A craft has turned into a calling for a group of quilters at Red Bank Church of Christ.

Mike Goodson started the quilting ministry more than six years ago.

The idea was to bring people together and teach them a new skill.

“We could have young people and older people at the congregation and they could commingle. They could pass on their talents to the next generation,” said Goodson.

The group, which meets weekly, has made quilts for newborns, dialysis, Alzheimer’s and cancer patients, as well as seniors, children who have special needs and soldiers serving overseas.

During the pandemic, the group helped doctors and nurses too.

“We made thousands of masks that we sent all over the country because people couldn't get masks and then they ran out of surgical caps and so we had to make surgical caps," said Goodson.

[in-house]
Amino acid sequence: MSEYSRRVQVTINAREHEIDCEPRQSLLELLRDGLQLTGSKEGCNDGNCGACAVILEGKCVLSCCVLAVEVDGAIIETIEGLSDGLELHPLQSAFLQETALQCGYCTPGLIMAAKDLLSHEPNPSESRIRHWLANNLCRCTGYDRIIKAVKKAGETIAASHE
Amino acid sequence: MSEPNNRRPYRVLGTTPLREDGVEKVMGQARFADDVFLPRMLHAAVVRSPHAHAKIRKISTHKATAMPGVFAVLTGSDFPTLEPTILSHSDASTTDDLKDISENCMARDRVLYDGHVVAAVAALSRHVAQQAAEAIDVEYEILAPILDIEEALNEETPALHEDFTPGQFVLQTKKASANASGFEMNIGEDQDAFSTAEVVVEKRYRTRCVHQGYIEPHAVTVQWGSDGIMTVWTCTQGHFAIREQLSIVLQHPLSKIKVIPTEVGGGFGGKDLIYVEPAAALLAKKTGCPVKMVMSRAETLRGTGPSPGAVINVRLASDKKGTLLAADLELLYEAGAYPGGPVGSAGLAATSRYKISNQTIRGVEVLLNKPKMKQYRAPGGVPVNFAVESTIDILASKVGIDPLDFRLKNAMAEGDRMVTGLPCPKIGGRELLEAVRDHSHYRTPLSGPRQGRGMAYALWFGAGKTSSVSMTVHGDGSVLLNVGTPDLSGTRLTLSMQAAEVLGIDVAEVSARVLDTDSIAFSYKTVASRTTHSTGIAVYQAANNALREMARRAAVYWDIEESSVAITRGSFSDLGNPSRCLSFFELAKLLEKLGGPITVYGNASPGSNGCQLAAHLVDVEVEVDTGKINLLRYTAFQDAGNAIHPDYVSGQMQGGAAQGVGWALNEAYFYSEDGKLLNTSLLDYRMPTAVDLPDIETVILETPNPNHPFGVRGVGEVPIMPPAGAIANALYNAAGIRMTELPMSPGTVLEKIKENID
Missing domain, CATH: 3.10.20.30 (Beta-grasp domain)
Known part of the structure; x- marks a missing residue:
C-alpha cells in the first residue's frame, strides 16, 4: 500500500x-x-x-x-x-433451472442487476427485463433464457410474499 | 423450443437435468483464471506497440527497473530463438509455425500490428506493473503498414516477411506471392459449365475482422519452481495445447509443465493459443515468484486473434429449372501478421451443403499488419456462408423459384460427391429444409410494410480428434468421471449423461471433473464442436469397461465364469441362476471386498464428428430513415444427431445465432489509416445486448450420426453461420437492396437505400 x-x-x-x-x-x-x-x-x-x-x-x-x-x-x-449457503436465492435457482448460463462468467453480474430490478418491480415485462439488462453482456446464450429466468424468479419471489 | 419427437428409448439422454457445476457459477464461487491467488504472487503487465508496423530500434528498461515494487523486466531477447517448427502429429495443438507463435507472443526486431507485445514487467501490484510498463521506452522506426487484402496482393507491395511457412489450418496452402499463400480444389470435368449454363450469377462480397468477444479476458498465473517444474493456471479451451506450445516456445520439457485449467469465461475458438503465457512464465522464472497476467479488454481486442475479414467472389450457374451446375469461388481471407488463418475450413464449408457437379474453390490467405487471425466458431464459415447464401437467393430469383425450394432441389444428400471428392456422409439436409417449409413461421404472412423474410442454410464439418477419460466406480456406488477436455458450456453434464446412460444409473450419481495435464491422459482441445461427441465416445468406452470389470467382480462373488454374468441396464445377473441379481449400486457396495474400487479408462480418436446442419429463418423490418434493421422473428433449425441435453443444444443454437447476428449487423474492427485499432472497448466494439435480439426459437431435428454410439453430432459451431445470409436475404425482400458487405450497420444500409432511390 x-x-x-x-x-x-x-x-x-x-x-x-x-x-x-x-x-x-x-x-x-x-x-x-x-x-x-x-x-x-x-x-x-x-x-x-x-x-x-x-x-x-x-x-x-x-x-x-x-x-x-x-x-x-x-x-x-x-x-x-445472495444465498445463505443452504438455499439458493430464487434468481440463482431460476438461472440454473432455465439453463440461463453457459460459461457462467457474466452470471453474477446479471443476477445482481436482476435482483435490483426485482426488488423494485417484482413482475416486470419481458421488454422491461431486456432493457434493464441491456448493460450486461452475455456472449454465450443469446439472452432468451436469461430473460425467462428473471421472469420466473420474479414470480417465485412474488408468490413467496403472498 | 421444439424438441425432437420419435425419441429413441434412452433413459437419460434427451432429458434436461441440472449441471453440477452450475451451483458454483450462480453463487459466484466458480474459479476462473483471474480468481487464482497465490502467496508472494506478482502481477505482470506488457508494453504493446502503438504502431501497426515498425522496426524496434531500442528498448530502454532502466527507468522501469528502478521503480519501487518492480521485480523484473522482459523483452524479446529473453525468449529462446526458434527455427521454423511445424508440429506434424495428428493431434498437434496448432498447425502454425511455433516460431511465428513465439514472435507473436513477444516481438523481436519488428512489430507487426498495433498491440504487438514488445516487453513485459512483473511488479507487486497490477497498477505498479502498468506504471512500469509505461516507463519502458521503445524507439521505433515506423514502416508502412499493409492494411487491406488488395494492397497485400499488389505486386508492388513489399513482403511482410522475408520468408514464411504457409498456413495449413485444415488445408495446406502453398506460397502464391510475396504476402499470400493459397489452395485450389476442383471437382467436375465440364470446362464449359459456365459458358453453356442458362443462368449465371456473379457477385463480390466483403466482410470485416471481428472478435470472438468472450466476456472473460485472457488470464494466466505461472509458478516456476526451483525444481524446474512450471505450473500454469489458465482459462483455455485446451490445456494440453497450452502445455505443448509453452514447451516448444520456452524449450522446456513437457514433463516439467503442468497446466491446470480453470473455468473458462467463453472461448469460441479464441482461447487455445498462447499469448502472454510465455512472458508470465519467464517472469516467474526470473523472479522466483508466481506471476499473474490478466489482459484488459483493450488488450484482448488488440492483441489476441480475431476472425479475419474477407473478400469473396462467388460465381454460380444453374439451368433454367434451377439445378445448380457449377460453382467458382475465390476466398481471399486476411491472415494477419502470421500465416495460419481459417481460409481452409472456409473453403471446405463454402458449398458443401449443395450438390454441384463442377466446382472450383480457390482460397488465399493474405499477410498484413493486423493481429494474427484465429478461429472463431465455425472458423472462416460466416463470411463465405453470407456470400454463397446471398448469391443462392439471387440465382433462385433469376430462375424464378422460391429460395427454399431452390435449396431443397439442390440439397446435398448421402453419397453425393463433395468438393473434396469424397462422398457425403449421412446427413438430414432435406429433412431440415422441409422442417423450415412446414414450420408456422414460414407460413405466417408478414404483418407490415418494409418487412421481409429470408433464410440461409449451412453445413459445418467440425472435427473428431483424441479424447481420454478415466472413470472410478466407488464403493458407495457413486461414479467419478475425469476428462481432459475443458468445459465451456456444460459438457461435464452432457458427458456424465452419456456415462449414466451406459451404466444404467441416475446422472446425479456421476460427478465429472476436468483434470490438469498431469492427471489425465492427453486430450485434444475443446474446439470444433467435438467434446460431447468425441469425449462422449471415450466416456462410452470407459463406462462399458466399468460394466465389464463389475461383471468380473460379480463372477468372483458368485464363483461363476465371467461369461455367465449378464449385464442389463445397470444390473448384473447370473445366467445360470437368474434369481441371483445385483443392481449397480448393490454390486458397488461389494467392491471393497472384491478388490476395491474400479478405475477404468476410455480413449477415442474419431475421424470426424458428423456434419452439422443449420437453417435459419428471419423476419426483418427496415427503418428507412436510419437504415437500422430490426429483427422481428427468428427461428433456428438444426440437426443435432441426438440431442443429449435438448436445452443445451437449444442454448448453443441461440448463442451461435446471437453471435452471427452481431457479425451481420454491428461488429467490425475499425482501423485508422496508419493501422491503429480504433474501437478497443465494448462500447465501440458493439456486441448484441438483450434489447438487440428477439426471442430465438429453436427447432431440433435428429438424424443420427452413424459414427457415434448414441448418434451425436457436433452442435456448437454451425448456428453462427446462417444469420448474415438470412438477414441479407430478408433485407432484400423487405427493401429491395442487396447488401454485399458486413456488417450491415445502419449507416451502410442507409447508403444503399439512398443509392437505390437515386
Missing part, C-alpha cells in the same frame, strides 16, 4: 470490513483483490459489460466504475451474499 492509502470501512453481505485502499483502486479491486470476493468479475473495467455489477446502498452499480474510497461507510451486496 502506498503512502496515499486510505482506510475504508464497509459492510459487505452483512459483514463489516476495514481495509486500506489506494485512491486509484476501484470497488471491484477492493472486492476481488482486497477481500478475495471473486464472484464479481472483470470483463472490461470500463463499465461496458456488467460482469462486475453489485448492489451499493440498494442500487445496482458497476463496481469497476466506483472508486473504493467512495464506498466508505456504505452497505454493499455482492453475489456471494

Donations have kept the project going.

“The word has gotten out and people realize sometimes that they have all this material that they don't know what to do with and they think, give it to this program. They'll make something pretty out of it,” said Goodson.

The volunteers say the journey of quilting has been rewarding.

"It's a blessing, making the quilts and giving the quilts. I think all of my ladies would say it's a blessing, especially the camaraderie they have when they're in here working. They become so close, especially the cross generational camaraderie, which is exactly what we were shooting for when we first started this program,” said Goodson.

For Goodson, what they've done is powerful.

Since starting the program more than six years ago, Goodson estimates they've given away an average of 12 to 15 quilts each month.

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